Wall Street insider's advice for interns: Sleep with your female colleagues, then brag about it

An anonymous Goldman Sachs employee has posted a series of racist and sexist "tips" to succeeding at the firm

Published June 2, 2013 3:30PM (EDT)


The anonymous banker behind Wall Street gossip blog Goldman Sachs Elevator has released a series of tips for how aspiring financiers can get ahead once they've landed that coveted Goldman internship. Or, more specifically, how aspiring male financiers comfortable with casual racism and sexism ... can get ahead.

The advice starts off innocuous enough (though dripping with macho bravado and condescension):

Buy a decent suit or 3, but no cuffed or pleated pants.  And don’t wear a tie unless you might have a meeting.  No one likes that kind of kiss-ass.

Don’t be too good to do the coffee runs.  It shows confidence.  Just don’t fuck it up.  If you can’t be trusted with coffee, how can you sell bonds or manage risk.

This might be the most important one. It’s okay to make a mistake or ask a question. But don’t ever ask the same question or make the same mistake twice. If you do, just know that the world needs ditchdiggers too.

But quickly takes a turn for the outrageous and offensive kind of "wisdom" one has, sadly, come to expect from the Wall Street boys club:

Bang a (female) intern, and tell the Associates and above about it.  If they haven’t ever done it, they sure as hell always wanted to. They’ll respect you for it.  And you’ll always be the guy that banged her first, before she ends up marrying that dickhead PMD in Emerging Markets.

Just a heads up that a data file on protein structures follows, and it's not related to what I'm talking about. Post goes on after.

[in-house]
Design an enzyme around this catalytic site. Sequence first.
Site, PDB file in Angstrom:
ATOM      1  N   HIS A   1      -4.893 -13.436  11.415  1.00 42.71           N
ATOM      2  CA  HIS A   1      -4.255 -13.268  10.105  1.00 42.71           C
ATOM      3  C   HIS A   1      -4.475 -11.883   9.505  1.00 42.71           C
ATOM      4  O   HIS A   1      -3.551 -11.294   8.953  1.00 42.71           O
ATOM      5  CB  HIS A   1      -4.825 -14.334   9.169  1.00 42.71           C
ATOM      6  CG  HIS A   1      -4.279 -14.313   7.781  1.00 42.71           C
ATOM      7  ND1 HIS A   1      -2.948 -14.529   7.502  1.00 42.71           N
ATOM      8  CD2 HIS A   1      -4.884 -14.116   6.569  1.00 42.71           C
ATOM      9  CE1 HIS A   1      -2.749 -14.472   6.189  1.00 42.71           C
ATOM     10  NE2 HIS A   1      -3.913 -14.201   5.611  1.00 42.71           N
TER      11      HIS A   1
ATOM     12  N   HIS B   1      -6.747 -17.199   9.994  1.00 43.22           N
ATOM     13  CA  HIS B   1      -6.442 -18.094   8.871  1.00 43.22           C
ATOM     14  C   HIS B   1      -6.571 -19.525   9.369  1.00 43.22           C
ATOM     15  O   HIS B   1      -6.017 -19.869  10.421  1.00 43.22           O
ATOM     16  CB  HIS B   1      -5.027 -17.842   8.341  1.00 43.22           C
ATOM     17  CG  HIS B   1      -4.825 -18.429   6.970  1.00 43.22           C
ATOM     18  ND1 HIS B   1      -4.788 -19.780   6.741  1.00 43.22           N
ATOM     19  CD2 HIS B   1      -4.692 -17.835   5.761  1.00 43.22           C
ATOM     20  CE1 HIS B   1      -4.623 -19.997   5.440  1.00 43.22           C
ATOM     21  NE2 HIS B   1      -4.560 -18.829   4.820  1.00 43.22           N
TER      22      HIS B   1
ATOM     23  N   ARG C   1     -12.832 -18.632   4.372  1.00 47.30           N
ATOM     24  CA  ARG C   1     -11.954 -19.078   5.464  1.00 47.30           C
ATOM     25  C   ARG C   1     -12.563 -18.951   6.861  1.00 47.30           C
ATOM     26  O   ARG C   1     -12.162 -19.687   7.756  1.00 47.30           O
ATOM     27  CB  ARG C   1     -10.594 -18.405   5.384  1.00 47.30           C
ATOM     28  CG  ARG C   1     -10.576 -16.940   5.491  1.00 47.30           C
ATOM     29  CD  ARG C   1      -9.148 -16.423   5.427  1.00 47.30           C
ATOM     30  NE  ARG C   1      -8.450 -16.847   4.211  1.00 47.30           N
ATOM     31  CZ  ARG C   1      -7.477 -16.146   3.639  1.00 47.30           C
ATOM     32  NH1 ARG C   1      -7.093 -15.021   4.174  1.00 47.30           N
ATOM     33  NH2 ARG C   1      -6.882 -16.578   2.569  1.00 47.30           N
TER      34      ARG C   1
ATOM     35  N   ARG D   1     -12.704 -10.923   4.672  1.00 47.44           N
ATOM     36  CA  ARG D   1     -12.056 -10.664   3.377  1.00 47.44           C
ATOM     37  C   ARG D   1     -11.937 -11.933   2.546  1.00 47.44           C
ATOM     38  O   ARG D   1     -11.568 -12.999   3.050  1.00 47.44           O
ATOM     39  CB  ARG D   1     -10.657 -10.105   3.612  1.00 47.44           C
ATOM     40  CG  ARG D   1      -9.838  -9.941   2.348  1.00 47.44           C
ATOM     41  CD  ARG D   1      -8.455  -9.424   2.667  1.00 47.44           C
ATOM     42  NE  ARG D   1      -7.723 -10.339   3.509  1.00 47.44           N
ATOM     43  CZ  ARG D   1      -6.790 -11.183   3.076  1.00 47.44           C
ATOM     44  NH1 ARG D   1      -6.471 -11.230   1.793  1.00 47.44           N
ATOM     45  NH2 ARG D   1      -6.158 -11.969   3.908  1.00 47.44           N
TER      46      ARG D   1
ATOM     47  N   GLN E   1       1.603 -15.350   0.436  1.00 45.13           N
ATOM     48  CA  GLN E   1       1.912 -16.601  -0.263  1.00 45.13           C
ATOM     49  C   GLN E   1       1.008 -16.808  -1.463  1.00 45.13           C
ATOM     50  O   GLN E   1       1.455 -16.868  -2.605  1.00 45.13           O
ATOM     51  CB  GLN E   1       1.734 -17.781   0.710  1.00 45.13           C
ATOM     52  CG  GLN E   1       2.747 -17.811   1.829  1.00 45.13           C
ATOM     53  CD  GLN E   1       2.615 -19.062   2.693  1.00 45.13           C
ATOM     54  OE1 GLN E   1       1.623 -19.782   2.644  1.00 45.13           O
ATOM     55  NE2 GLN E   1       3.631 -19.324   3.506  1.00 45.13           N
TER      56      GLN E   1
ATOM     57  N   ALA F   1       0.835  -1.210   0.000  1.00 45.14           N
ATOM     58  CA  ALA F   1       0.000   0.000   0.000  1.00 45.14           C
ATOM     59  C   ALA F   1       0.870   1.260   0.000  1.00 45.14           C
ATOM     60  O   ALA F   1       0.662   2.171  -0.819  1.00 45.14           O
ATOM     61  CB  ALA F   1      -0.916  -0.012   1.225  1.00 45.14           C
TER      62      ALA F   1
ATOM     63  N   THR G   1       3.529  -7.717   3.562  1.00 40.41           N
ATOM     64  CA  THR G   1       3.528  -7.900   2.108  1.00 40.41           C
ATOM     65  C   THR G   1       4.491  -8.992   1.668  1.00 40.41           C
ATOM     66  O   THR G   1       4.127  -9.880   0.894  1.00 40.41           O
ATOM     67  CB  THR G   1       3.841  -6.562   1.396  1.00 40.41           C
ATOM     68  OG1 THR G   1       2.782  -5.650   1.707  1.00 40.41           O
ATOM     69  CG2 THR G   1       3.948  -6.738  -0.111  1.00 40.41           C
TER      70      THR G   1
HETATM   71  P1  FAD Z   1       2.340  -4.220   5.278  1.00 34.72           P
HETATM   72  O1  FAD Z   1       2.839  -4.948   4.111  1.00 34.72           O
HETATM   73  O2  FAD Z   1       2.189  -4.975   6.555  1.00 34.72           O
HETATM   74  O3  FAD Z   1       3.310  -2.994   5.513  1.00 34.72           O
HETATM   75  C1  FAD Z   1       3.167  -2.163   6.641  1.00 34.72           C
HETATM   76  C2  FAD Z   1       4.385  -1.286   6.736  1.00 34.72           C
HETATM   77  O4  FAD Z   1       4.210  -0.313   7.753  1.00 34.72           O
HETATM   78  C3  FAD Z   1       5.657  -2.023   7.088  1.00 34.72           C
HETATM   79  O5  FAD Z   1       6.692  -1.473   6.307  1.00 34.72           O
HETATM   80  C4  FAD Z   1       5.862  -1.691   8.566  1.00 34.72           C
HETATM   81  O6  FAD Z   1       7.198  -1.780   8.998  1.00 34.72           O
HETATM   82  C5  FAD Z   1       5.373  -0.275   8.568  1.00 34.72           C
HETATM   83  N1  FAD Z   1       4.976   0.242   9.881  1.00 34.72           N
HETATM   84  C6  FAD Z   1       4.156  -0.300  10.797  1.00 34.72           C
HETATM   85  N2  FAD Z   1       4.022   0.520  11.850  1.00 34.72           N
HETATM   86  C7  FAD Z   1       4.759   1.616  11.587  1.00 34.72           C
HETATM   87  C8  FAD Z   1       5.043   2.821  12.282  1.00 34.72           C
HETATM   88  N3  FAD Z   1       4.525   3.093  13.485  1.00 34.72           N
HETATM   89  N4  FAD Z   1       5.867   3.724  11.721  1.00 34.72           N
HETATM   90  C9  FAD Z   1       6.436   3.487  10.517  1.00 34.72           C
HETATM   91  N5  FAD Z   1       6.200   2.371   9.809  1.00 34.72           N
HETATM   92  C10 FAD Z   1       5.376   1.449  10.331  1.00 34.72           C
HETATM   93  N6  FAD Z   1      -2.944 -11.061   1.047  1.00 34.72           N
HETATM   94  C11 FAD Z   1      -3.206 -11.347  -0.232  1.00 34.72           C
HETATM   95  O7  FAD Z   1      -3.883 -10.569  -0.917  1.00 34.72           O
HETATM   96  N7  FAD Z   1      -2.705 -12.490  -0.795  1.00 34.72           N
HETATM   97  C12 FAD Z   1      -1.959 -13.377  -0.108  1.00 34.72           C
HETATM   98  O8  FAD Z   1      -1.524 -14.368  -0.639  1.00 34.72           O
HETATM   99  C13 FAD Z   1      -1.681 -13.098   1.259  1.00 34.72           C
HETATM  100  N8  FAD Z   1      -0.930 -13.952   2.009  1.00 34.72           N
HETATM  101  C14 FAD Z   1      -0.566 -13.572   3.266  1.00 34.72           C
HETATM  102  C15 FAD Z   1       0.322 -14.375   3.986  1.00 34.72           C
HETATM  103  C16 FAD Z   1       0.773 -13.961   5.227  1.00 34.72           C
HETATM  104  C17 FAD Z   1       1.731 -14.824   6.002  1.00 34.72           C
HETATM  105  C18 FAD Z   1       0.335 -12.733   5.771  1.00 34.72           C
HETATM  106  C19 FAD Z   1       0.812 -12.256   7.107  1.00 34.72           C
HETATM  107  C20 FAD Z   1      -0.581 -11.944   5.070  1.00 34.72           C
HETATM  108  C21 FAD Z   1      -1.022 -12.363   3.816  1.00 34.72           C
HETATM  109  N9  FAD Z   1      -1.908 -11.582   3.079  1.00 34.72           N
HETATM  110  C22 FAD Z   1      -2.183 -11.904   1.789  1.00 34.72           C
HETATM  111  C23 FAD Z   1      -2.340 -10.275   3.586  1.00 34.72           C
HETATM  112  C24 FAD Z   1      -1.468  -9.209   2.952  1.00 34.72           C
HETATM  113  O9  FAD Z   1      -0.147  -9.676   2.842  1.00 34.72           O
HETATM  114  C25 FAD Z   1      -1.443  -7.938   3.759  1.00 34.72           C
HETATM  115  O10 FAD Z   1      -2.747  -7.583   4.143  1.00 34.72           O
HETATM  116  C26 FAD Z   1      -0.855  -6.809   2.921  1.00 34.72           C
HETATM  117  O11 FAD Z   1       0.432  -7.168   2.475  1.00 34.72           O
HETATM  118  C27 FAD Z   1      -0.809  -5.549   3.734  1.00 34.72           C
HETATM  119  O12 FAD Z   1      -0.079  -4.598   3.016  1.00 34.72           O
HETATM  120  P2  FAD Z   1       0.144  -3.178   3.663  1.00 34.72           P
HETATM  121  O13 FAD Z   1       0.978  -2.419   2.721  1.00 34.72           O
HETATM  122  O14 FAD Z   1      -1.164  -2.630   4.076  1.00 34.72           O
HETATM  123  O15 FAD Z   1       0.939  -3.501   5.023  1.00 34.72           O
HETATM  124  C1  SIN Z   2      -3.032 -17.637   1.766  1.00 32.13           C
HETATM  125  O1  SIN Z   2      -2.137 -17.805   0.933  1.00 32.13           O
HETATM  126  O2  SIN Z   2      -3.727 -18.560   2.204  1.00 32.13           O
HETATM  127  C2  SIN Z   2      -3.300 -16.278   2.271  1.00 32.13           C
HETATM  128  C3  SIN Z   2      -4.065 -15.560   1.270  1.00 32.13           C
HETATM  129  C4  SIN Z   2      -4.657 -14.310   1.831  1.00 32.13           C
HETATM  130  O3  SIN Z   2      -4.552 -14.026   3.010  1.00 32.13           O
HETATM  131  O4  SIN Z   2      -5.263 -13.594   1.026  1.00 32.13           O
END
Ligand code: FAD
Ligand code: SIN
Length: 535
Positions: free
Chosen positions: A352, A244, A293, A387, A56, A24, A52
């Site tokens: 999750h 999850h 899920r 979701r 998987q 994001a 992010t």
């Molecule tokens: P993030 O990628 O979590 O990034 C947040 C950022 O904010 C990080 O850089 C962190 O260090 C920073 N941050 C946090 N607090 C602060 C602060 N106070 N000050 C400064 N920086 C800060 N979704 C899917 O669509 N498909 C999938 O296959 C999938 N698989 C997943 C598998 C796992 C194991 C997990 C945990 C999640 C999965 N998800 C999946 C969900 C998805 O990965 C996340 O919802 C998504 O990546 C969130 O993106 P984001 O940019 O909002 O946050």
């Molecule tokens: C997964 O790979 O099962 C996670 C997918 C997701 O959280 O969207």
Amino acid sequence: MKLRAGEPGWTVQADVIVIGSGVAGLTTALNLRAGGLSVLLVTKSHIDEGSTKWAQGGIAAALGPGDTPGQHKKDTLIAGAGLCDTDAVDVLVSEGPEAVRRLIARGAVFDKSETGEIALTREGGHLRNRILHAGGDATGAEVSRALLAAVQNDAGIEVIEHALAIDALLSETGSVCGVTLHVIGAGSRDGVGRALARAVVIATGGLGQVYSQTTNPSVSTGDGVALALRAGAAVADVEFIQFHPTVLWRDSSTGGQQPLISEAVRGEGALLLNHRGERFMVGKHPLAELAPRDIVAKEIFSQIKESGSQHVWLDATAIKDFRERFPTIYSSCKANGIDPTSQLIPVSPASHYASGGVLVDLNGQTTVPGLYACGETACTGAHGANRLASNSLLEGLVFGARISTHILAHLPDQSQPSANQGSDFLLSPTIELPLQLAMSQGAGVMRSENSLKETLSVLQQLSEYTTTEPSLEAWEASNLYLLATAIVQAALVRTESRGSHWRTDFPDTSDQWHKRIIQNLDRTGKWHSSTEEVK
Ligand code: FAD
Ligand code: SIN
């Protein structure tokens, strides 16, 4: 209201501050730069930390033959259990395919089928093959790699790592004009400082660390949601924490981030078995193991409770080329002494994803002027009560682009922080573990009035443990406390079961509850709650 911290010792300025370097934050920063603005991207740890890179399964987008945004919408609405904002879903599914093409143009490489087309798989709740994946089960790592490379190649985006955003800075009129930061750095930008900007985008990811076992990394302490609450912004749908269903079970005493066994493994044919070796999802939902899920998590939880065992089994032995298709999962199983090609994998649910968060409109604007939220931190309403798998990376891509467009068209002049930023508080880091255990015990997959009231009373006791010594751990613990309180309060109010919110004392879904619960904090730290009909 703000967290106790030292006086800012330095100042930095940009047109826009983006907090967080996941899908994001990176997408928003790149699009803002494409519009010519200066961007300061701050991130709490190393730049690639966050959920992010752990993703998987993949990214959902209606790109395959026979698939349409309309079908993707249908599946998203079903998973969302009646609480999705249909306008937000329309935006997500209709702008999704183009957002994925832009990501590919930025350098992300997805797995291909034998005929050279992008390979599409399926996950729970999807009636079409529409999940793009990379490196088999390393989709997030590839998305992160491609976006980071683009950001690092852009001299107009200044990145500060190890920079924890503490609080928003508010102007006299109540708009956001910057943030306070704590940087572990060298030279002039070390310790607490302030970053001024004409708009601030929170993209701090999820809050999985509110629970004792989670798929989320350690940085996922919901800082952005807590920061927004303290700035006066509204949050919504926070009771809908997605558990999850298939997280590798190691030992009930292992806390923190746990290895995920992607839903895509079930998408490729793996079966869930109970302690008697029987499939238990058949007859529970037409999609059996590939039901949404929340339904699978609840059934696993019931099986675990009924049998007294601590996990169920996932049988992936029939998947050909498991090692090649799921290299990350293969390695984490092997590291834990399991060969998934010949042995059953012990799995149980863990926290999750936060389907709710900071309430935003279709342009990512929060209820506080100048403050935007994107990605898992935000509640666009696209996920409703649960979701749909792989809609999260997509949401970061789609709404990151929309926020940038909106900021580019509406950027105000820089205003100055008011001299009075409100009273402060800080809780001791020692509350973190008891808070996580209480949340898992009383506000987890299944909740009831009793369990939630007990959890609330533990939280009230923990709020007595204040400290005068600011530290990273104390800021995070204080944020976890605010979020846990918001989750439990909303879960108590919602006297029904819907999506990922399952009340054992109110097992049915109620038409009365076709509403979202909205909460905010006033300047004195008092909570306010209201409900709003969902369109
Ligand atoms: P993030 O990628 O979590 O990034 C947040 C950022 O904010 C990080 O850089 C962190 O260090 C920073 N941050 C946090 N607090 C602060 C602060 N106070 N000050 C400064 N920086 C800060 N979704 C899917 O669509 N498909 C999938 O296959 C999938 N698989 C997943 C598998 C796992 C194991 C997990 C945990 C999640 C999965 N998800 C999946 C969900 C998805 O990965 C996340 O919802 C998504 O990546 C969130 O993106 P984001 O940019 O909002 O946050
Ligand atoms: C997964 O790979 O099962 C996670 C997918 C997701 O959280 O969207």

Never tell racist jokes. Always repeat racist jokes in the proper company and be sure to credit ‘the other intern’ who told you.

Ask the secretary for the travel schedules of the senior members of your group for the week ahead.  She’s dumb enough to think you are being proactive. But now you know when you can sleep in, hit the gym, or beat the traffic to Southampton.

While it's possible these tips are tongue-in-cheek (though, given the rest of the blog's content, that seems unlikely), this kind of mentality is far from unique among other Wall Street giants, as Salon has previously reported.


By Katie McDonough

Katie McDonough is Salon's politics writer, focusing on gender, sexuality and reproductive justice. Follow her on Twitter @kmcdonovgh or email her at kmcdonough@salon.com.

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Bankers Banking Financial Industry Gender Bias Gender Disparity Goldman Sachs Racism Sexism Wall Street